Da doesn’t make any effort. I have never known him take a bath or wash his hair. He just changes his hat and shoes. Seamus wears a pair of tight black trousers and boots with big heels to make him taller.

‘You’ll fall over in your high heels,’ I say.

We get into the Volkswagen, Seamus and me in the back. Although I washed the inside of the car, I can still smell sheep-dirt. I hate this smell that drags us back to where we come from. Because there are no doors in the back of the car, it’s Mammy who gets out to open the gates. I think she’s beautiful, with her pearls around her neck and her red skirt flying out as she turns around. I wish Da would get out. I wish the snow would fall on him, not on Mammy in her good clothes. I’ve seen other fathers holding their wives’ coats, holding doors open for them. But Da’s not like that.

The village hall stands in the middle of a car park. Inside there’s a slippy wooden floor and benches around the walls, and strange lights that make white clothes seem very bright.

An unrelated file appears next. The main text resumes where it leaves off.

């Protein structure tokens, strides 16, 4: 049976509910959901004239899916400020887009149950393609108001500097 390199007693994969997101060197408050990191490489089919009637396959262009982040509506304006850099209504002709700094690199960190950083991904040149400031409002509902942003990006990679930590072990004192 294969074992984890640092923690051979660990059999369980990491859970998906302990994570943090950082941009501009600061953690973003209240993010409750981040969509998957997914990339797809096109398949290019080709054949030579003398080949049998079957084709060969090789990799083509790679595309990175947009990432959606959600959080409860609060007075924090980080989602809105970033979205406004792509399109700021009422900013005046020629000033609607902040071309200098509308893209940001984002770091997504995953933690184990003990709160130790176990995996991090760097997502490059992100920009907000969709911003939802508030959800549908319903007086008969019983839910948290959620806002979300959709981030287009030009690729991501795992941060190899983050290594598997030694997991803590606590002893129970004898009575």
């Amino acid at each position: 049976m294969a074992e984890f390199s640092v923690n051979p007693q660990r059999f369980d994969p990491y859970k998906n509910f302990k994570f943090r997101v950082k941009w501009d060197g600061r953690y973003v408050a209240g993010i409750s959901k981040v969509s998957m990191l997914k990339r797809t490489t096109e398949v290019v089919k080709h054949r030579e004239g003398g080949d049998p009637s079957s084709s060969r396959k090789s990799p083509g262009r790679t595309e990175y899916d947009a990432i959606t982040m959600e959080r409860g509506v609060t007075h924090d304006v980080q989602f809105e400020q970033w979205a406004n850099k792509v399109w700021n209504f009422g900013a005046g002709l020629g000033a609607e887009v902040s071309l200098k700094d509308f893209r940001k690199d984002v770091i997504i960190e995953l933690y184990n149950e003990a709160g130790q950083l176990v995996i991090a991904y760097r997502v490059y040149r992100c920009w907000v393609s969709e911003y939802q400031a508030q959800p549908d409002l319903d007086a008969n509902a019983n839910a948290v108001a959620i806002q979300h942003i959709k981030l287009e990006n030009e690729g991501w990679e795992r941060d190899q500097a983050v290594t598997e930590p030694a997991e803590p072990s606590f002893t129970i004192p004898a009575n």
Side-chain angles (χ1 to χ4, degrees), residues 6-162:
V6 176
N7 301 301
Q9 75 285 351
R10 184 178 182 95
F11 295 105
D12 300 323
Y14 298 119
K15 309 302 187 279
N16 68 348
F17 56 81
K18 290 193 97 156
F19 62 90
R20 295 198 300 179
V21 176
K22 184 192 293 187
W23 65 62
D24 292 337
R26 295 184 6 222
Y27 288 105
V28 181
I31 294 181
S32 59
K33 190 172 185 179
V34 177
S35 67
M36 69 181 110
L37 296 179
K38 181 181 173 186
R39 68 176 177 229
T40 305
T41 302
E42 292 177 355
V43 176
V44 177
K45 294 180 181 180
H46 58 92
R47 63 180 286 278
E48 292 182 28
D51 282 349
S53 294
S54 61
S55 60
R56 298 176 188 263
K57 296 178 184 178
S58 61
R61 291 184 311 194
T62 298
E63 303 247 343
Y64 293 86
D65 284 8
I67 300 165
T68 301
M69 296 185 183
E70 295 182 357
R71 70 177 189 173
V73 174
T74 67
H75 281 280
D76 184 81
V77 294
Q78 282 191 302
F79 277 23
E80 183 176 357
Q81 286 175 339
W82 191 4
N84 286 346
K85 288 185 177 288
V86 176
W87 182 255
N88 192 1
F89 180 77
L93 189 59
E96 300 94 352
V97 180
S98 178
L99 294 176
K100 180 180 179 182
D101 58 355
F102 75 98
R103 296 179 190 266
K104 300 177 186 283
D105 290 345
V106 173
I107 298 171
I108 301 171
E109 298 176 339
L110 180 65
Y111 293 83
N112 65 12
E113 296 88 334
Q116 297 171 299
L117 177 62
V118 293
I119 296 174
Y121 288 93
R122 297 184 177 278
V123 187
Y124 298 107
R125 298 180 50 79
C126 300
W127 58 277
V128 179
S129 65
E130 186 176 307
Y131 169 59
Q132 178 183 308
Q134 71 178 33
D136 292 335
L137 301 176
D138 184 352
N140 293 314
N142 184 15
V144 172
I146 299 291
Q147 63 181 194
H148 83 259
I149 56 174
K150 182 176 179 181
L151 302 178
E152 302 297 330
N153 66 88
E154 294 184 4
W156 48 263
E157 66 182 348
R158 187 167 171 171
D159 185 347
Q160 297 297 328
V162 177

Everyone we know is there, including Bridie with her red lipstick, and Sarah Combs, who only last week gave my father a glass of wine and took him into the sitting room to show him her new furniture.

There’s a band playing dance music, and Mammy and I are first on the floor. When the music stops and restarts, she dances with Seamus. My father dances with the women he knows from his trips. I wonder how he can dance like that, and not be able to open gates. Old men in their thirties ask me to dance.

They tell me I’m light on my feet. ‘Christ, you’re like a feather,’ they say.